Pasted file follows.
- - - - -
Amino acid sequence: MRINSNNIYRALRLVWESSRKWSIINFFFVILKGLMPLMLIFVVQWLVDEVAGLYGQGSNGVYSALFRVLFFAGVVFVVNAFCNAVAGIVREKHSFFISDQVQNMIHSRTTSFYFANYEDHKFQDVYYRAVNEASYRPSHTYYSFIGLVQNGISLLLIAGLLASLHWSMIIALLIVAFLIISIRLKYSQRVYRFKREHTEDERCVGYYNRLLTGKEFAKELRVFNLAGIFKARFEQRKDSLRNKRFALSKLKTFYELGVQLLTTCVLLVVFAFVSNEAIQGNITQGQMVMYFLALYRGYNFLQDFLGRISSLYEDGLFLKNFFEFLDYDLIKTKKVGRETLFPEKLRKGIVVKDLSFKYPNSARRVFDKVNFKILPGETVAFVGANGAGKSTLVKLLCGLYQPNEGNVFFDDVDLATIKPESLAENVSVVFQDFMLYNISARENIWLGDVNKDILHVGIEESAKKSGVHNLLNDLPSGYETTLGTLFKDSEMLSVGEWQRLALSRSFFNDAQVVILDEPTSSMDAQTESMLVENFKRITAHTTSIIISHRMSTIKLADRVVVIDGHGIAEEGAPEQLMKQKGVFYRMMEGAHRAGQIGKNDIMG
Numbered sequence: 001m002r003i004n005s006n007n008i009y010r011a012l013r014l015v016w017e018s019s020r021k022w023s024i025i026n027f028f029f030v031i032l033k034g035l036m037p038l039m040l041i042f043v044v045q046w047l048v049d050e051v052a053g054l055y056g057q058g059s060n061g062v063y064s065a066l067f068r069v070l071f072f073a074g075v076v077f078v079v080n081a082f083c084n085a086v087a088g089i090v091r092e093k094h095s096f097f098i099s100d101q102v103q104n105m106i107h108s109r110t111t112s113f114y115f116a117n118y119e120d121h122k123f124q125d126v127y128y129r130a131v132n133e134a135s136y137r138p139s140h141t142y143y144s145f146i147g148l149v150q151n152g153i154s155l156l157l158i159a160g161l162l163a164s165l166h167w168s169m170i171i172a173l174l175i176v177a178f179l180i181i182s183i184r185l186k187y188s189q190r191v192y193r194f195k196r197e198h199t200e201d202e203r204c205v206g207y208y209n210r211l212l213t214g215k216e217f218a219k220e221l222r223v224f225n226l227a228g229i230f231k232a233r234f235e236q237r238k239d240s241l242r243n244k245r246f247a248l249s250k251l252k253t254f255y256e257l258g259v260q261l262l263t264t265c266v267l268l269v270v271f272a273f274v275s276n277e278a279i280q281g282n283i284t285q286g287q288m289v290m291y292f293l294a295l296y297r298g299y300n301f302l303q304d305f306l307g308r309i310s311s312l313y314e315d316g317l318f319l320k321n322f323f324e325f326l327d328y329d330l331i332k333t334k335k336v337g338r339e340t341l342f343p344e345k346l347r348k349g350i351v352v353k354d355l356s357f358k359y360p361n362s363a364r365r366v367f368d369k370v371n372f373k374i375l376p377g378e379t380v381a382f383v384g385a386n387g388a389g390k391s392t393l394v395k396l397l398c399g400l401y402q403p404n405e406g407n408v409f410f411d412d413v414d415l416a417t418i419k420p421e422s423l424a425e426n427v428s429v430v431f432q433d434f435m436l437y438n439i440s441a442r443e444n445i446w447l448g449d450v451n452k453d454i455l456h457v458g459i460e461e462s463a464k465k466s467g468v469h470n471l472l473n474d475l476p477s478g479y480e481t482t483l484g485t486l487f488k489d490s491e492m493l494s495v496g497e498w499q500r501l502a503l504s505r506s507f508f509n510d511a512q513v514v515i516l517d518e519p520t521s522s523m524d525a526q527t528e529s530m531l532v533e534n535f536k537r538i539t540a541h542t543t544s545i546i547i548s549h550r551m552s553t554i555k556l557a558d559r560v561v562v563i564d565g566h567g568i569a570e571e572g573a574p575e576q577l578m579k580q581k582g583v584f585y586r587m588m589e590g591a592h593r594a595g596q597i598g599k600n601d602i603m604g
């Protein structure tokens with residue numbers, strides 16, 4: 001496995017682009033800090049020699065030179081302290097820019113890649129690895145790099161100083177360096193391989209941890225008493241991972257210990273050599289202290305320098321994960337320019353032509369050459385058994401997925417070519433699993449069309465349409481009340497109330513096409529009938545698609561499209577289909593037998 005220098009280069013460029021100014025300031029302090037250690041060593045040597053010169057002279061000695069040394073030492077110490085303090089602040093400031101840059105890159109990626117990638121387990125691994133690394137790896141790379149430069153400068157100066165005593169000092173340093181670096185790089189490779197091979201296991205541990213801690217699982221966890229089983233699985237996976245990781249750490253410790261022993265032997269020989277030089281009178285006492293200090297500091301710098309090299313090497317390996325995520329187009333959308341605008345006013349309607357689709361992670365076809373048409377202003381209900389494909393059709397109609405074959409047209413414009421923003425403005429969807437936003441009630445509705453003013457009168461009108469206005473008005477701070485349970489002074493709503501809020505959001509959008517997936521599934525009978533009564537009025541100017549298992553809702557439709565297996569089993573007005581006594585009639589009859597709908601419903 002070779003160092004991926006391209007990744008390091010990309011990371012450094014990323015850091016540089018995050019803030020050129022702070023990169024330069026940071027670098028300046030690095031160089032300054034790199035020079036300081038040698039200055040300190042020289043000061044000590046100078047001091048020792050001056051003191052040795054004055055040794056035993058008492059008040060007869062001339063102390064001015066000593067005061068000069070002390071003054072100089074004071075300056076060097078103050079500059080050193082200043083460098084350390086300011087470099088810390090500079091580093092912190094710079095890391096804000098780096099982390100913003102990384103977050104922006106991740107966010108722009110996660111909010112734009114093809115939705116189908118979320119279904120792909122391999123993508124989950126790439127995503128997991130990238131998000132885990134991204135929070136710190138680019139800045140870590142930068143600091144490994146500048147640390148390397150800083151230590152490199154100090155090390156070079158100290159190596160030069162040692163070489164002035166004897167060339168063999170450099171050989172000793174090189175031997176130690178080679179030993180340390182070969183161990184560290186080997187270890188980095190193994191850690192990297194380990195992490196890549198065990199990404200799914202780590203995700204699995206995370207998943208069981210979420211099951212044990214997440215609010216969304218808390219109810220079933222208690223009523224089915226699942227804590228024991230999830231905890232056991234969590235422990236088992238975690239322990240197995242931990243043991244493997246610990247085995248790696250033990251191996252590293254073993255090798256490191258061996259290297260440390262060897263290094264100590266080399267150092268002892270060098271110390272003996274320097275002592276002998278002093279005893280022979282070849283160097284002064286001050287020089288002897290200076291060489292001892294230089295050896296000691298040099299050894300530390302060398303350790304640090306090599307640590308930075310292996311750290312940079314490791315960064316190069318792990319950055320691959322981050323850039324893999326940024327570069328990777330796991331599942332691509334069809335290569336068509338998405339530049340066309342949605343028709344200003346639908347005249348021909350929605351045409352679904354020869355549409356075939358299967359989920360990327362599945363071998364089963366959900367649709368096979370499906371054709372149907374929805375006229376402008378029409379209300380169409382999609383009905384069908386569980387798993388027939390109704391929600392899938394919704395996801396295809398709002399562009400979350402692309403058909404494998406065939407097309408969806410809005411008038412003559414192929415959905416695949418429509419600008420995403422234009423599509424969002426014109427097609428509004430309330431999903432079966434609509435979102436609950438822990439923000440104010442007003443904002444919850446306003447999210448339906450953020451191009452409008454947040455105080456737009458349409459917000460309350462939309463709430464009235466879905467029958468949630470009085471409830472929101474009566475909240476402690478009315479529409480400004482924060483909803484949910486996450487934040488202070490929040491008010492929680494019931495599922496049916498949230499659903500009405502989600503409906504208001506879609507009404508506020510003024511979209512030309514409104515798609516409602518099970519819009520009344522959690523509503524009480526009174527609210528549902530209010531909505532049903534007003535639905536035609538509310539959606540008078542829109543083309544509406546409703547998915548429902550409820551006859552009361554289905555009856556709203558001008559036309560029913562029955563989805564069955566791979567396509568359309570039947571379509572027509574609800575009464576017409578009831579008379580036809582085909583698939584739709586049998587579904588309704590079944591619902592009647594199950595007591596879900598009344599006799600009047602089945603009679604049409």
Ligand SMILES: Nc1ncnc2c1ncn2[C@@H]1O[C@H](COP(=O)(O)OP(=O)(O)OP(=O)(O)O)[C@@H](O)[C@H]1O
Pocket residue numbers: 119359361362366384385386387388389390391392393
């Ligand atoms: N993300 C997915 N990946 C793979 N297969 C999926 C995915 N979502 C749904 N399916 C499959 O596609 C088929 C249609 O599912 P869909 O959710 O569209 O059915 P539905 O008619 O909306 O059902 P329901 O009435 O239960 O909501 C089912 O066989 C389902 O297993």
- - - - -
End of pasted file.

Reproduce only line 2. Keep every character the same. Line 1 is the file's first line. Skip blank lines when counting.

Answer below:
Numbered sequence: 001m002r003i004n005s006n007n008i009y010r011a012l013r014l015v016w017e018s019s020r021k022w023s024i025i026n027f028f029f030v031i032l033k034g035l036m037p038l039m040l041i042f043v044v045q046w047l048v049d050e051v052a053g054l055y056g057q058g059s060n061g062v063y064s065a066l067f068r069v070l071f072f073a074g075v076v077f078v079v080n081a082f083c084n085a086v087a088g089i090v091r092e093k094h095s096f097f098i099s100d101q102v103q104n105m106i107h108s109r110t111t112s113f114y115f116a117n118y119e120d121h122k123f124q125d126v127y128y129r130a131v132n133e134a135s136y137r138p139s140h141t142y143y144s145f146i147g148l149v150q151n152g153i154s155l156l157l158i159a160g161l162l163a164s165l166h167w168s169m170i171i172a173l174l175i176v177a178f179l180i181i182s183i184r185l186k187y188s189q190r191v192y193r194f195k196r197e198h199t200e201d202e203r204c205v206g207y208y209n210r211l212l213t214g215k216e217f218a219k220e221l222r223v224f225n226l227a228g229i230f231k232a233r234f235e236q237r238k239d240s241l242r243n244k245r246f247a248l249s250k251l252k253t254f255y256e257l258g259v260q261l262l263t264t265c266v267l268l269v270v271f272a273f274v275s276n277e278a279i280q281g282n283i284t285q286g287q288m289v290m291y292f293l294a295l296y297r298g299y300n301f302l303q304d305f306l307g308r309i310s311s312l313y314e315d316g317l318f319l320k321n322f323f324e325f326l327d328y329d330l331i332k333t334k335k336v337g338r339e340t341l342f343p344e345k346l347r348k349g350i351v352v353k354d355l356s357f358k359y360p361n362s363a364r365r366v367f368d369k370v371n372f373k374i375l376p377g378e379t380v381a382f383v384g385a386n387g388a389g390k391s392t393l394v395k396l397l398c399g400l401y402q403p404n405e406g407n408v409f410f411d412d413v414d415l416a417t418i419k420p421e422s423l424a425e426n427v428s429v430v431f432q433d434f435m436l437y438n439i440s441a442r443e444n445i446w447l448g449d450v451n452k453d454i455l456h457v458g459i460e461e462s463a464k465k466s467g468v469h470n471l472l473n474d475l476p477s478g479y480e481t482t483l484g485t486l487f488k489d490s491e492m493l494s495v496g497e498w499q500r501l502a503l504s505r506s507f508f509n510d511a512q513v514v515i516l517d518e519p520t521s522s523m524d525a526q527t528e529s530m531l532v533e534n535f536k537r538i539t540a541h542t543t544s545i546i547i548s549h550r551m552s553t554i555k556l557a558d559r560v561v562v563i564d565g566h567g568i569a570e571e572g573a574p575e576q577l578m579k580q581k582g583v584f585y586r587m588m589e590g591a592h593r594a595g596q597i598g599k600n601d602i603m604g